Yet, despite all of that, Raylan is still Raylan. He’s shot fewer people recently and fallen back in love with his ex-wife, but he can’t not get involved in the affairs of Boyd, the Bennetts and Loretta. This is home, and as much as it’s changed him and suffocates him, these are his people. He wants to kill them all, but also wants to save them all a little bit. It’s a complicated relationship that only got more complicated as the season progressed, forcing Raylan to throw himself in the middle of a number of different feuds (Boyd v. Dickie, Dickie. v. Mags, Loretta v. Mags) even when he knew that he could just as easy get killed for taking another step. And so, Raylan can make all the changes he wants. He can try to start a family with his ex-wife, he can stop being so trigger-happy. But these people and this world is always going to bring it out of him. Here, it’s always Raylan’s problem.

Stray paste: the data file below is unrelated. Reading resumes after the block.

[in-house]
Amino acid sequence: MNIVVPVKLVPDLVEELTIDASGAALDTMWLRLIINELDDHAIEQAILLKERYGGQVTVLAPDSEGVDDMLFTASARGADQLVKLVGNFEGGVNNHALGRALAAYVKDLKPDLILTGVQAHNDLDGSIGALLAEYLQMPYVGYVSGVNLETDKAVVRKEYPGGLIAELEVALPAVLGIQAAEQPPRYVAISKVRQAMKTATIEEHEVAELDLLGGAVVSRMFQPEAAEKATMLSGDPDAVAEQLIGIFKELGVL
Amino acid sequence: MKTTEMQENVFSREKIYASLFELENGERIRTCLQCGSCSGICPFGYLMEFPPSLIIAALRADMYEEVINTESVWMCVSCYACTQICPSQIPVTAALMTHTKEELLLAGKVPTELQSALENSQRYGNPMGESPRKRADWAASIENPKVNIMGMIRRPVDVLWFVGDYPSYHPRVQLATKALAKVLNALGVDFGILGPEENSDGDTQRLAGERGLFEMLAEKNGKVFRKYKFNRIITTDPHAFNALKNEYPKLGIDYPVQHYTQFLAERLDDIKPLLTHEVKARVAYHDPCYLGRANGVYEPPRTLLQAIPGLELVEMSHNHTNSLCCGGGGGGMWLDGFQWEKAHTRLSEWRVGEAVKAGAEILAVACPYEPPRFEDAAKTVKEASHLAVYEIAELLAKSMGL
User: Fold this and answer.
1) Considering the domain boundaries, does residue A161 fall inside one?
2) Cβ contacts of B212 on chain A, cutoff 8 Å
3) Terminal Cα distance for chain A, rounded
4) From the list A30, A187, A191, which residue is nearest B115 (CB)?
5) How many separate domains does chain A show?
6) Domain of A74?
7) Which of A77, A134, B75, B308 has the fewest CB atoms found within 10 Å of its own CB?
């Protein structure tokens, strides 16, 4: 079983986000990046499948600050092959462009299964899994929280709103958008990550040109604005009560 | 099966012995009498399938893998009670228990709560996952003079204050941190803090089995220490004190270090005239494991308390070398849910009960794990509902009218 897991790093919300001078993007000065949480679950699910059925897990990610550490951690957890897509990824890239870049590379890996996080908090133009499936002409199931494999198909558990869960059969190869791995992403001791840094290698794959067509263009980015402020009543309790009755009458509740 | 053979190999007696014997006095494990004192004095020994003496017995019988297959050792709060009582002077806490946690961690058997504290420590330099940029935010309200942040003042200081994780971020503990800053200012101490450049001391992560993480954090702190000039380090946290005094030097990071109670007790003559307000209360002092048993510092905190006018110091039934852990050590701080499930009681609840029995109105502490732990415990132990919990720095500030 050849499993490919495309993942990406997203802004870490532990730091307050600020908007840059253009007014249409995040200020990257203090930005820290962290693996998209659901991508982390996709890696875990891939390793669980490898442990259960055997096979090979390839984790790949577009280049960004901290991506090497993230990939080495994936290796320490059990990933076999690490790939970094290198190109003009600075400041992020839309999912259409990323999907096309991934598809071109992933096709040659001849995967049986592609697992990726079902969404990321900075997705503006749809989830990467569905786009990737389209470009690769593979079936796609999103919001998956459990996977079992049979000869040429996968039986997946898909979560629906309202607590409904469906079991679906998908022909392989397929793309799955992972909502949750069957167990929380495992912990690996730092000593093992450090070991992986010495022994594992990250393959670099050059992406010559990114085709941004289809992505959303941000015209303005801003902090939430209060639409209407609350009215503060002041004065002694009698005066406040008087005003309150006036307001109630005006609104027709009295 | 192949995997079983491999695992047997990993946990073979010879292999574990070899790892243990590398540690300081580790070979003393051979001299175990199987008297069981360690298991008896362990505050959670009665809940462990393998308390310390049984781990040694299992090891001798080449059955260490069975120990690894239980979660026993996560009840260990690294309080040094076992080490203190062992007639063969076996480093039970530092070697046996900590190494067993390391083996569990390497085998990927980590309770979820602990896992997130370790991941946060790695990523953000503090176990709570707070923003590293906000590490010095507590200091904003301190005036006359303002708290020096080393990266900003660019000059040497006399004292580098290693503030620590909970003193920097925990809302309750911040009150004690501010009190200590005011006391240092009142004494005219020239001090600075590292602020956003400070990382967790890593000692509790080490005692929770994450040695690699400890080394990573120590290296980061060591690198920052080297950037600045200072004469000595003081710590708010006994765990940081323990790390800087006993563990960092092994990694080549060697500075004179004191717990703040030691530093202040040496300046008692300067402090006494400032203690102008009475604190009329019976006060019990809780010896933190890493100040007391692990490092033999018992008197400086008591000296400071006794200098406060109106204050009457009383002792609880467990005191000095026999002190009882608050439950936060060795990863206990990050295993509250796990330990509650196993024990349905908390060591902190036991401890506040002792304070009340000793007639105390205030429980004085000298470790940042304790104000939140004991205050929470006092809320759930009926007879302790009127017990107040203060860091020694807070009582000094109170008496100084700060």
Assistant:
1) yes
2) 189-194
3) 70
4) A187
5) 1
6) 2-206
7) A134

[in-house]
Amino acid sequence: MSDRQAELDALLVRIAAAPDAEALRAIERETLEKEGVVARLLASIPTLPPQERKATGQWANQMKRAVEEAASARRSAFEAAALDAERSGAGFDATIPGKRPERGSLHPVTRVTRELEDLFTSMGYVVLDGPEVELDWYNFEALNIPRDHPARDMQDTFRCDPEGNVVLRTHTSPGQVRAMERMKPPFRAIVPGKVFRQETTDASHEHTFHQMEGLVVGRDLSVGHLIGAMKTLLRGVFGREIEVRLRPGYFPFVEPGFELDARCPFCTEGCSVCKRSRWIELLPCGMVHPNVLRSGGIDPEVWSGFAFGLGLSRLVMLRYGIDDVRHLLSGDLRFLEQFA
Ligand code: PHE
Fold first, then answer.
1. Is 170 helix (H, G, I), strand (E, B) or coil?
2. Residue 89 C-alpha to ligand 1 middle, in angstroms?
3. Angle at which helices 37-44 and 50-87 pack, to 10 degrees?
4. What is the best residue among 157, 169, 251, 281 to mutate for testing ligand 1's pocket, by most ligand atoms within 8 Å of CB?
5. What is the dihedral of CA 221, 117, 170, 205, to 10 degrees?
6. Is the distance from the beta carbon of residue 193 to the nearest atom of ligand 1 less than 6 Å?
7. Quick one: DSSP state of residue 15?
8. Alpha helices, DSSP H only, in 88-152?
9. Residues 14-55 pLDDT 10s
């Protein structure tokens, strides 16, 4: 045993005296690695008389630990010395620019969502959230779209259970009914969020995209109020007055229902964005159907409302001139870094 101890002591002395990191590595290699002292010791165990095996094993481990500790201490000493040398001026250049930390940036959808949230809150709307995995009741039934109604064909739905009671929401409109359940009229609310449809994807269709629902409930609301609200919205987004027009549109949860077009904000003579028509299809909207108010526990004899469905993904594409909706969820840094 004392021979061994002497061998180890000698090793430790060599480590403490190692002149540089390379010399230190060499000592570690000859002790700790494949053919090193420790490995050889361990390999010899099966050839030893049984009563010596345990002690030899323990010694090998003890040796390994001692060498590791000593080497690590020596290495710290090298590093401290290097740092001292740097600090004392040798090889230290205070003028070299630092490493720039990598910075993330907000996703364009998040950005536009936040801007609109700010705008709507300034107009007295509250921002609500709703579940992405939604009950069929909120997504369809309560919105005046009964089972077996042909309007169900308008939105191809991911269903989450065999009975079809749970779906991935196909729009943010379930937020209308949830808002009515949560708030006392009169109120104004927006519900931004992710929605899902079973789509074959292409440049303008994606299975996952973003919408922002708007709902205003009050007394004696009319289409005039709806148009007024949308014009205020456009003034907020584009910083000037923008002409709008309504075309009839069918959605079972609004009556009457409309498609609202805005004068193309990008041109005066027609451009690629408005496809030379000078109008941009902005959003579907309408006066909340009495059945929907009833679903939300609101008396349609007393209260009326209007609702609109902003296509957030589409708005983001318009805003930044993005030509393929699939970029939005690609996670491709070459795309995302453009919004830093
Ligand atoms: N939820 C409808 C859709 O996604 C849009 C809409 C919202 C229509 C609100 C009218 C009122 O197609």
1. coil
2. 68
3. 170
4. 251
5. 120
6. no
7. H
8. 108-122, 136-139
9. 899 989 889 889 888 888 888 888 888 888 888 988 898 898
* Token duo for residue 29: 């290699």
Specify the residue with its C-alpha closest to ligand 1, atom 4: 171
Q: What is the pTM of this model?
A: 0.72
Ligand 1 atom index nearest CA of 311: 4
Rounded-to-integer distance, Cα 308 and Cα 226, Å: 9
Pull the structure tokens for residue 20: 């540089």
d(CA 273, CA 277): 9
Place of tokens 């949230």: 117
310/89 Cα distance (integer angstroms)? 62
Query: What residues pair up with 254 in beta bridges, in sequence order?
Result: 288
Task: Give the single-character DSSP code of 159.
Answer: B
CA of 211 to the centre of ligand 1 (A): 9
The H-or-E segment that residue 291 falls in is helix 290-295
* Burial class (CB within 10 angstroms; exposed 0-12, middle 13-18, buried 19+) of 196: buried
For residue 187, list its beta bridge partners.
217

And by the end of the episode, Raylan has perhaps saved someone else from becoming like him. He prevents Loretta from killing Mags in cold blood, knowing its a slippery slope that you can never return from.
“Bloody Harlan” brings all of Raylan’s most recent problems to a head. Boyd and the Bennetts consider a parlay, but it doesn’t hold for very long. Both Boyd and Mags planned on the other backing out, which leads to a well-executed shoot-out that leaves Ava severely injured. Meanwhile, Loretta decides its time to get the truth about her father’s death from Mags, which obviously doesn’t fit well into the warring sides’ plans for the day. Little girls stumbling into a territorial throw-down isn’t the best. And so even though he’s pushing Art for that transfer and sort-of celebrating the fact that Winona is pregnant, Raylan can’t help but get involved one more time this season. He clearly feels like Loretta is his responsibility, and subconsciously, “old Raylan” is probably disappointed in “new Raylan” for letting both Boyd and Dickie live. Everything that’s happened in recent days most certainly could have been prevented, and probably should have been so by Raylan himself.